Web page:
Catching Up With Design Guru Bobby Berk From 'Queer Eye'
The popular interior designer and TV personality chats to Johanna Thornton about visiting New Zealand, the reality of making over people's personal spaces and breaking down stereotypes
"You guys are not afraid of black paint," says Queer Eye's interior designer Bobby Berk over the phone from Los Angeles, explaining Americans have a fear of the colour for its ability to make interiors appear darker and smaller.
"I was so excited when I got to New Zealand and saw all the interior and exterior uses of black paint. You can take the ugliest freakin' house and paint it black and all of a sudden it's super-chic and modern."
That's just one hot take from Bobby, an interior design guru with his own eponymous lifestyle brand, Bobby Berk, and a starring role in the Emmy Award-winning Netflix series Queer Eye.
The show has been put on pause due to Covid, with filming due to resume in 2021. It has given Bobby space to refocus on his interior design practice.
Bobby Berk Interiors and Design began as an online store in 2006 before expanding into furniture showrooms in New York, Miami, Florida, Atlanta and Georgia.
It was re-launched as a lifestyle website last year, BobbyBerk.com, featuring a shoppable range of his furniture and accessories, alongside editorial covering fashion, food, fitness, design "and how they affect your life and mental health. We're also social and civil rights focused."
Bobby was in New Zealand last year, travelling across the country with his husband, falling in love with the landscape — and the bold use of paint — in the process.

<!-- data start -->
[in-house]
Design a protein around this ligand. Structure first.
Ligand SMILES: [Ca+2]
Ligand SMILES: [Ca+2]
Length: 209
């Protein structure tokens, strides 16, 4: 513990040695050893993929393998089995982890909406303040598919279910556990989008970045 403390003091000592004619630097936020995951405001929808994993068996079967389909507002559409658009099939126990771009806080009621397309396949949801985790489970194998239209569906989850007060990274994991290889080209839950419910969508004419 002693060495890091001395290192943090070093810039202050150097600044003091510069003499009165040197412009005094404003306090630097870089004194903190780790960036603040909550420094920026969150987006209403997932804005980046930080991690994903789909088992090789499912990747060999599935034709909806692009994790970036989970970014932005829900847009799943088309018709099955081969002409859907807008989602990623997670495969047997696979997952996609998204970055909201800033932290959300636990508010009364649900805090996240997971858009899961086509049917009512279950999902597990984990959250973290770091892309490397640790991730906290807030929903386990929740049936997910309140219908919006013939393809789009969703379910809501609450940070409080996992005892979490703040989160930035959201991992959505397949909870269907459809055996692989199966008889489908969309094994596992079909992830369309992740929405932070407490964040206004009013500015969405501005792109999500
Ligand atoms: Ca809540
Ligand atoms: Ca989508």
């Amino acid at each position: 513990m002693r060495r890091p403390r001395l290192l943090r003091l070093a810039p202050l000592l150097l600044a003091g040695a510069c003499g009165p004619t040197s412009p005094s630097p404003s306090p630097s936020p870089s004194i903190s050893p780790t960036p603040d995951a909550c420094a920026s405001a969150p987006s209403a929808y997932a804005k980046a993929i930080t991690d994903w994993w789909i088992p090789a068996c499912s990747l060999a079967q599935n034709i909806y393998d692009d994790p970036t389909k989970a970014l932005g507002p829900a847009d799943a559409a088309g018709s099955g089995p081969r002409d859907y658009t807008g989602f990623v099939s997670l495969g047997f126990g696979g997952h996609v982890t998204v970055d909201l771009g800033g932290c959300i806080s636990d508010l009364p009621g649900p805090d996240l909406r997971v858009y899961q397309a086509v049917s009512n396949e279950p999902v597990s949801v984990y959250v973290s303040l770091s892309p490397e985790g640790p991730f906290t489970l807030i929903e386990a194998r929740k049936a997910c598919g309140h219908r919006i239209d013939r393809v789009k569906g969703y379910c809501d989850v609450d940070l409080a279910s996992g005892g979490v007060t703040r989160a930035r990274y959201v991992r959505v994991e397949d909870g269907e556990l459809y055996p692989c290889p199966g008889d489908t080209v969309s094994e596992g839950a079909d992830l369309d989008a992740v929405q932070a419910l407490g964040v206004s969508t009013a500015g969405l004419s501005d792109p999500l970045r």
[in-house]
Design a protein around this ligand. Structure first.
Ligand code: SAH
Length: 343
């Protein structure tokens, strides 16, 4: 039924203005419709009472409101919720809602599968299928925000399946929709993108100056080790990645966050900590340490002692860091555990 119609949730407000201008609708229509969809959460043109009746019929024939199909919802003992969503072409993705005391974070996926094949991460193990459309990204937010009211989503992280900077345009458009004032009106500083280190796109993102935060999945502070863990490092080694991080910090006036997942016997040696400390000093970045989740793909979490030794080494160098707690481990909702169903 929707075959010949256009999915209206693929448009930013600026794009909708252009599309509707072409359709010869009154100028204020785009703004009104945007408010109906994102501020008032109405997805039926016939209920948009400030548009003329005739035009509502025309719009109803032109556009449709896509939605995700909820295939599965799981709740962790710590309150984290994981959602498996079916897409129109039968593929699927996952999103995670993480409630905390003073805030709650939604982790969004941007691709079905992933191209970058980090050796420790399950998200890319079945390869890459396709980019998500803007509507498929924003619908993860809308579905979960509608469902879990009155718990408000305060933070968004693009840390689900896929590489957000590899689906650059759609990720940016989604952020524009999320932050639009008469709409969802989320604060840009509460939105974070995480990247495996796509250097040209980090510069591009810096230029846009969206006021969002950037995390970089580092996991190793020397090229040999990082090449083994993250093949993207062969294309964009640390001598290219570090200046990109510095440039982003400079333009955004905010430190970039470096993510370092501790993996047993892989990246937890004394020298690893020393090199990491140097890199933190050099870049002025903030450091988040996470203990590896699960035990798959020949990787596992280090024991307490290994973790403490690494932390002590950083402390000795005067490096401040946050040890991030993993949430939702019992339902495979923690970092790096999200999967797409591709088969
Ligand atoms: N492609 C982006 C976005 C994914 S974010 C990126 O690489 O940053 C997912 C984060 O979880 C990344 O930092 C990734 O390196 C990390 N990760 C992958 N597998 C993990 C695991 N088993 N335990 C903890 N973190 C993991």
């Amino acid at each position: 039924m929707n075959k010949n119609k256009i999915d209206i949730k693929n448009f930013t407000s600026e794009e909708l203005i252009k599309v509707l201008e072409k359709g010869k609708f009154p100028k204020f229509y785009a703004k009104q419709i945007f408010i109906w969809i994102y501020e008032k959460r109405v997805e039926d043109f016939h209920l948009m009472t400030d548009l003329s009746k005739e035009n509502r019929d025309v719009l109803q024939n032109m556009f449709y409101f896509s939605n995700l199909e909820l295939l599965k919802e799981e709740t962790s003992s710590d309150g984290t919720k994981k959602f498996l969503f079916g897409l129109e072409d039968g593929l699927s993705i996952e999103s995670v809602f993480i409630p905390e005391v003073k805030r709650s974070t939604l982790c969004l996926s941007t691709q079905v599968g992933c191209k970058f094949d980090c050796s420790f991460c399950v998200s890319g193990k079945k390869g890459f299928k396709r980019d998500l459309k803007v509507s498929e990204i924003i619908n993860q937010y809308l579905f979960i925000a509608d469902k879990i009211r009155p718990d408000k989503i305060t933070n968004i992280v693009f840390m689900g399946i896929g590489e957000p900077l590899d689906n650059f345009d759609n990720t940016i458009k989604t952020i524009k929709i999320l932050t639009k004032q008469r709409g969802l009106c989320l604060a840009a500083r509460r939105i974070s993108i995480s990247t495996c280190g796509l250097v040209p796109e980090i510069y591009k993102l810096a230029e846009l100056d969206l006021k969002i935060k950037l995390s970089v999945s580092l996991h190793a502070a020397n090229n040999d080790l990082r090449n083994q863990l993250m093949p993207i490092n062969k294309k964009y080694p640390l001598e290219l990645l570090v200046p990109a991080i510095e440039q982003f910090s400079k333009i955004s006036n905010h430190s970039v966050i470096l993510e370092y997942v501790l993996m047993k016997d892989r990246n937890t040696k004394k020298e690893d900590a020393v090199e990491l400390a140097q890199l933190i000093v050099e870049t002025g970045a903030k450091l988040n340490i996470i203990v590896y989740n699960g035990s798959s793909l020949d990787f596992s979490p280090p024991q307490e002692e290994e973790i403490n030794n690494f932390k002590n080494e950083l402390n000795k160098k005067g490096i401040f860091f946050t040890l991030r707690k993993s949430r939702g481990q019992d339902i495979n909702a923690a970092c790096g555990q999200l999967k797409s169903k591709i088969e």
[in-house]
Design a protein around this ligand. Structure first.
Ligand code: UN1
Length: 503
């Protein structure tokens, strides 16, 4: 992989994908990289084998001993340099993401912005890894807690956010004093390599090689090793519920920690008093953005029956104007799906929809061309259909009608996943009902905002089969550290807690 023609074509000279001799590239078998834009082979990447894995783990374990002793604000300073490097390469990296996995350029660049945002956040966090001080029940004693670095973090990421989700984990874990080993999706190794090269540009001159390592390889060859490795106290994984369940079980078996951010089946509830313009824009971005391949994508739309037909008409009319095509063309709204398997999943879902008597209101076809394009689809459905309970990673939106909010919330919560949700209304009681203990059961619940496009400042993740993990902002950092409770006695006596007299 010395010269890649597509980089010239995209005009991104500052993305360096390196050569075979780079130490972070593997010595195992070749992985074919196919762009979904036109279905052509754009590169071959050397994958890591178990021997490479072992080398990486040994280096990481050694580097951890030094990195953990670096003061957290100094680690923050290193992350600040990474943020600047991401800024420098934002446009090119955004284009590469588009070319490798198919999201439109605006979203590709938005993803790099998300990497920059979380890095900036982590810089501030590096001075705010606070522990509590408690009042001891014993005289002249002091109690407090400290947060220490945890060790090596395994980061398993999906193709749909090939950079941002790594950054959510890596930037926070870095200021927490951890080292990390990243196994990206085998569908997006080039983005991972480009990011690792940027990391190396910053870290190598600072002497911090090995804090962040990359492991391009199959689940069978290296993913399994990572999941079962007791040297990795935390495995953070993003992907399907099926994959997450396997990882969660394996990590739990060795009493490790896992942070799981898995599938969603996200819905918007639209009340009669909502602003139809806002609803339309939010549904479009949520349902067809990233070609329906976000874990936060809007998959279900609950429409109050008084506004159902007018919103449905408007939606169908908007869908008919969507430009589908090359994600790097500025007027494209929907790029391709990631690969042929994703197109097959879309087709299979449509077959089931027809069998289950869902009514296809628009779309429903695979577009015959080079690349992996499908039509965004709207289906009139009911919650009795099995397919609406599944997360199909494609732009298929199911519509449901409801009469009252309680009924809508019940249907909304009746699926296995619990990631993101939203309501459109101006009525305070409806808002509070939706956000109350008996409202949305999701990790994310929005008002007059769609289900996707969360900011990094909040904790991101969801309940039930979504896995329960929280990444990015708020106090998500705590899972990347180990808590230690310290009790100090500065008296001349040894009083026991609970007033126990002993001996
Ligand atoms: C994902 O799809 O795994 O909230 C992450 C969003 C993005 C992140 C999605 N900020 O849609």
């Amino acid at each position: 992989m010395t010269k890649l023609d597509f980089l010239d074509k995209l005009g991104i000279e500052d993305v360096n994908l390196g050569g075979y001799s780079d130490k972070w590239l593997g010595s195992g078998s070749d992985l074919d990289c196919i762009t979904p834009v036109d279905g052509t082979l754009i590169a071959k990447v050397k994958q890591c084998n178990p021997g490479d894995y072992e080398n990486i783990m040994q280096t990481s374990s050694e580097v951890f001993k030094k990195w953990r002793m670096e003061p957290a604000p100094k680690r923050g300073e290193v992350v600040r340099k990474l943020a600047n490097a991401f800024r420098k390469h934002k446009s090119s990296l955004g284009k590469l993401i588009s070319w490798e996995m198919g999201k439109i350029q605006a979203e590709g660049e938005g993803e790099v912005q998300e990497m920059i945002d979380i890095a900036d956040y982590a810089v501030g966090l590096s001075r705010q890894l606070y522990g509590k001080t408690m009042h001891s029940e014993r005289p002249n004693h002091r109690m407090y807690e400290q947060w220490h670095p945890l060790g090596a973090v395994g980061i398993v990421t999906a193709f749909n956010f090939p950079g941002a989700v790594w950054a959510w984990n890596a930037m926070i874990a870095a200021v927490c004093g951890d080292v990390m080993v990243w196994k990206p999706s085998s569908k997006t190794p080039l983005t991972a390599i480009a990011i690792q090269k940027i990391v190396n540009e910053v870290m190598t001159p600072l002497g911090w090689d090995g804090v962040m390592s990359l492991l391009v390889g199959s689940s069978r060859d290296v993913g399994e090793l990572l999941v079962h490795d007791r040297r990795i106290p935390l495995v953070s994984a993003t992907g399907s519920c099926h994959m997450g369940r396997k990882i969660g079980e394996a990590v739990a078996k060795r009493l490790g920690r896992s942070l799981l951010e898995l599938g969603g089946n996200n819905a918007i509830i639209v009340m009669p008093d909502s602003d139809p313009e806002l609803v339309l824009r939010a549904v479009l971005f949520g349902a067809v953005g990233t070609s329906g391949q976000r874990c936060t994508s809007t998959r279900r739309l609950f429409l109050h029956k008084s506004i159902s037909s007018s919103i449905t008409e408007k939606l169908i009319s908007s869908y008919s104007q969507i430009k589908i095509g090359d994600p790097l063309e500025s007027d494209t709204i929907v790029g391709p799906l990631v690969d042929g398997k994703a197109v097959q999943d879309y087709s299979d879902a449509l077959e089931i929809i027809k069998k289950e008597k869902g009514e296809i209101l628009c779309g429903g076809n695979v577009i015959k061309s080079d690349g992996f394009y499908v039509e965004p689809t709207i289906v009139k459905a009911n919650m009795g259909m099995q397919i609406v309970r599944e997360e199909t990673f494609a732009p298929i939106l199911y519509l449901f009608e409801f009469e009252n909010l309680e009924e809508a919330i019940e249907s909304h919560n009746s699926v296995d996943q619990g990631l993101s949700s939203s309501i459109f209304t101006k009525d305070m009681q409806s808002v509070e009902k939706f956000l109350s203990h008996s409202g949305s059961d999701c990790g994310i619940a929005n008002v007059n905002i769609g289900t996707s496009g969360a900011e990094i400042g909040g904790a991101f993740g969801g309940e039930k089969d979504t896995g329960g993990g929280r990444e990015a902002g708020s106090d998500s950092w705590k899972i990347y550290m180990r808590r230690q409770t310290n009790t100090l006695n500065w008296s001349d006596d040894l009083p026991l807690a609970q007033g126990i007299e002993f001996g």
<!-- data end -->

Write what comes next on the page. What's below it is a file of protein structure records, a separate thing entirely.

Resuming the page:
"We went to Auckland and around the North Island, to Wanaka, Queenstown and Mount Cook, and Christchurch to the vineyards. It was one of my favourite trips of my life. I have been pushing for New Zealand (as a filming location) from the moment we started filming (Queer Eye)."
Bobby and the Queer Eye cast have been rapturously received since their reboot of the original 2003 series Queer Eye For The Straight Guy hit television screens in 2018.
Now on its fifth season, the show features a new "Fab Five" — Antoni Porowski (food), Tan France (fashion), Karamo Brown (culture) and the effervescent grooming star Jonathan Van Ness — and a more diverse approach to the show and its subjects.
Where the original series featured a string of hapless straight men made over with "gay-approved" haircuts, homes and outfits, usually to impress a woman, the reboot places more importance on the emotional support and growth of its subjects.
Bobby says the new series has thrown off some of the stereotypes hammed up by the original Queer Eye cast, and the show is the better for it.
"In the first iteration, the main thing about the show was that they [the Fab Five] were gay. That was the novelty of the show — 'Look, there's gay people on TV!' where there wasn't before. There were those stereotypes that gay people are hairdressers and interior designers and food people; they're fashion-forward and catty and funny and bitchy. That was the way the world could relate to it and accept it."
"Being gay is way down the list of who we are. We're husbands, brothers, sisters, and parents. That was what we really wanted the world to see — we're not just these stereotypical gays. We're people first."
This depiction of the Fab Five as multi-faceted characters rather than "gay superheroes" capitalising on the comedy of gays-know-best makeovers is reflected in the treatment of the "heroes" too, who are men, women, trans, gay, straight and of all races.
"We wanted to go in and find everything great about them and build them up and teach them about self-love and self-care. I think that's really the biggest difference; that we want to empower them to see all the good things about them, not find all the bad things that maybe didn't even exist. We wanted to make a lasting difference in their lives, and the lives of the viewers."